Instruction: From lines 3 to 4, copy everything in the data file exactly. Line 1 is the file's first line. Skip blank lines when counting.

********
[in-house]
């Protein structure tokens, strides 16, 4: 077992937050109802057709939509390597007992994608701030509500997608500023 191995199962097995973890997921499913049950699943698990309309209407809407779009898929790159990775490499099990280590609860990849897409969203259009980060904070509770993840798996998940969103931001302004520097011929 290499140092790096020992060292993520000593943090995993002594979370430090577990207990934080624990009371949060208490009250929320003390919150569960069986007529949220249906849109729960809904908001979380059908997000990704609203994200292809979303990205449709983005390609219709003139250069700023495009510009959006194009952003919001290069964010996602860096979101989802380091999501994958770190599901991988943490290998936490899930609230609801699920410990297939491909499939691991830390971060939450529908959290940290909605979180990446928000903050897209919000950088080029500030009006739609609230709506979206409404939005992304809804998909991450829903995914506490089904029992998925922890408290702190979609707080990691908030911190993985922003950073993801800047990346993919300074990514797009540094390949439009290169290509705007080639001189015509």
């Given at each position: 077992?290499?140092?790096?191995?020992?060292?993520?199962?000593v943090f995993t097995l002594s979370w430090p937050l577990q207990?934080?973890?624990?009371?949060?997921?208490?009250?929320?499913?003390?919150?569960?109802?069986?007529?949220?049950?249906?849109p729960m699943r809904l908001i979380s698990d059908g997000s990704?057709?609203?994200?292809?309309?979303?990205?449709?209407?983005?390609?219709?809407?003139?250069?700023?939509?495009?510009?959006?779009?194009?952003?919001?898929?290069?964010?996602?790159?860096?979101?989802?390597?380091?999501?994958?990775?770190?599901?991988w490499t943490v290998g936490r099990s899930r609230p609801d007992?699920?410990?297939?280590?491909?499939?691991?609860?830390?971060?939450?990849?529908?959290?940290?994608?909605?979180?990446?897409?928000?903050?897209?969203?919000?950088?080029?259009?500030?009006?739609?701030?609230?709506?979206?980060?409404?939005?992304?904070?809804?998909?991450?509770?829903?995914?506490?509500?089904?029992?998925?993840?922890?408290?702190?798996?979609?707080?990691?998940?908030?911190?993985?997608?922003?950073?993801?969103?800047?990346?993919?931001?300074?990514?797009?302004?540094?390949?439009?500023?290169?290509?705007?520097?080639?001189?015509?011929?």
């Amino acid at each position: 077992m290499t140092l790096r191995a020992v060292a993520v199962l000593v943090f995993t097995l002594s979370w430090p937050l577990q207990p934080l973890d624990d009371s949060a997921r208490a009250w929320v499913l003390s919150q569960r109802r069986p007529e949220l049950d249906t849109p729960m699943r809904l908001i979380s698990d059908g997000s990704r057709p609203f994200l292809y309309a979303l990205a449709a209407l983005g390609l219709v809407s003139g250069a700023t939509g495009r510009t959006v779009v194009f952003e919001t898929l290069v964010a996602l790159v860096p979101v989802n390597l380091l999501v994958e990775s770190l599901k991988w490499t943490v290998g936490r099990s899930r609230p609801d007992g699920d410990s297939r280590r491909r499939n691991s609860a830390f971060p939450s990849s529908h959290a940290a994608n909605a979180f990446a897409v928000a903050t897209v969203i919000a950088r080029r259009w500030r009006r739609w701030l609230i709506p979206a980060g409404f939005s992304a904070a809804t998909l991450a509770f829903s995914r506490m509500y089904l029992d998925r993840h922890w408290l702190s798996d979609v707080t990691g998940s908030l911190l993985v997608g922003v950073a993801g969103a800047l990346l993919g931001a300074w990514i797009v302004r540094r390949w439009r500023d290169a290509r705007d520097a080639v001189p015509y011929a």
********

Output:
């Given at each position: 077992?290499?140092?790096?191995?020992?060292?993520?199962?000593v943090f995993t097995l002594s979370w430090p937050l577990q207990?934080?973890?624990?009371?949060?997921?208490?009250?929320?499913?003390?919150?569960?109802?069986?007529?949220?049950?249906?849109p729960m699943r809904l908001i979380s698990d059908g997000s990704?057709?609203?994200?292809?309309?979303?990205?449709?209407?983005?390609?219709?809407?003139?250069?700023?939509?495009?510009?959006?779009?194009?952003?919001?898929?290069?964010?996602?790159?860096?979101?989802?390597?380091?999501?994958?990775?770190?599901?991988w490499t943490v290998g936490r099990s899930r609230p609801d007992?699920?410990?297939?280590?491909?499939?691991?609860?830390?971060?939450?990849?529908?959290?940290?994608?909605?979180?990446?897409?928000?903050?897209?969203?919000?950088?080029?259009?500030?009006?739609?701030?609230?709506?979206?980060?409404?939005?992304?904070?809804?998909?991450?509770?829903?995914?506490?509500?089904?029992?998925?993840?922890?408290?702190?798996?979609?707080?990691?998940?908030?911190?993985?997608?922003?950073?993801?969103?800047?990346?993919?931001?300074?990514?797009?302004?540094?390949?439009?500023?290169?290509?705007?520097?080639?001189?015509?011929?």
């Amino acid at each position: 077992m290499t140092l790096r191995a020992v060292a993520v199962l000593v943090f995993t097995l002594s979370w430090p937050l577990q207990p934080l973890d624990d009371s949060a997921r208490a009250w929320v499913l003390s919150q569960r109802r069986p007529e949220l049950d249906t849109p729960m699943r809904l908001i979380s698990d059908g997000s990704r057709p609203f994200l292809y309309a979303l990205a449709a209407l983005g390609l219709v809407s003139g250069a700023t939509g495009r510009t959006v779009v194009f952003e919001t898929l290069v964010a996602l790159v860096p979101v989802n390597l380091l999501v994958e990775s770190l599901k991988w490499t943490v290998g936490r099990s899930r609230p609801d007992g699920d410990s297939r280590r491909r499939n691991s609860a830390f971060p939450s990849s529908h959290a940290a994608n909605a979180f990446a897409v928000a903050t897209v969203i919000a950088r080029r259009w500030r009006r739609w701030l609230i709506p979206a980060g409404f939005s992304a904070a809804t998909l991450a509770f829903s995914r506490m509500y089904l029992d998925r993840h922890w408290l702190s798996d979609v707080t990691g998940s908030l911190l993985v997608g922003v950073a993801g969103a800047l990346l993919g931001a300074w990514i797009v302004r540094r390949w439009r500023d290169a290509r705007d520097a080639v001189p015509y011929a």